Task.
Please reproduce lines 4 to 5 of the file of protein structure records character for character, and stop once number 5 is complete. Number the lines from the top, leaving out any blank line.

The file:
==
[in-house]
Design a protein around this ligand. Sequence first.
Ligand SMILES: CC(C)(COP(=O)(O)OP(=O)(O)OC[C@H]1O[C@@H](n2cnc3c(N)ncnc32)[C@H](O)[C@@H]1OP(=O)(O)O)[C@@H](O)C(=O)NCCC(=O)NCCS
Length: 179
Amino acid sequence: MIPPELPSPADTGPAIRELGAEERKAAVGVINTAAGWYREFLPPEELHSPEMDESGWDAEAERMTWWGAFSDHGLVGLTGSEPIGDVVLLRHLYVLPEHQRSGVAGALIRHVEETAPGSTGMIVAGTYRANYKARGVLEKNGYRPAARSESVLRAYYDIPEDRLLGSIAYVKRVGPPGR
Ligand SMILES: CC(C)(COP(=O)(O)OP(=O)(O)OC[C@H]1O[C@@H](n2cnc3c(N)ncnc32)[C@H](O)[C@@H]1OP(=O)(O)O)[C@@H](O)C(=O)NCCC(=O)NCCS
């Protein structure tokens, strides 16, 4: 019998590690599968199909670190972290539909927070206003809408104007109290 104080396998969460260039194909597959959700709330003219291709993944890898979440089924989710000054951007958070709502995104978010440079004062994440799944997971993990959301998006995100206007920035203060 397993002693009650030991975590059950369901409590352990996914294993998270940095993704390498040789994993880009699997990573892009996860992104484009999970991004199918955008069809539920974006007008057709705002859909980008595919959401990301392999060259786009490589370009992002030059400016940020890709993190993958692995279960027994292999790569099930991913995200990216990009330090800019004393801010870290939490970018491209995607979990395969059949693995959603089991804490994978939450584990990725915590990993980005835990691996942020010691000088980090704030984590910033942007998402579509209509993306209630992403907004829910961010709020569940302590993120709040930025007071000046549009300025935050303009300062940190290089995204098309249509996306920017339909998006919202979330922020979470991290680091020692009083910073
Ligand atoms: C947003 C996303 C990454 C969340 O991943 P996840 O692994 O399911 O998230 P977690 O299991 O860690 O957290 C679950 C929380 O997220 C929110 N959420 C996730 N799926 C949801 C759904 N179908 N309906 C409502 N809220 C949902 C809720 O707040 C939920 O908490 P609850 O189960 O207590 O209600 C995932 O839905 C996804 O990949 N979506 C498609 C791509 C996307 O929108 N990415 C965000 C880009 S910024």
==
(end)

Length: 179
Amino acid sequence: MIPPELPSPADTGPAIRELGAEERKAAVGVINTAAGWYREFLPPEELHSPEMDESGWDAEAERMTWWGAFSDHGLVGLTGSEPIGDVVLLRHLYVLPEHQRSGVAGALIRHVEETAPGSTGMIVAGTYRANYKARGVLEKNGYRPAARSESVLRAYYDIPEDRLLGSIAYVKRVGPPGR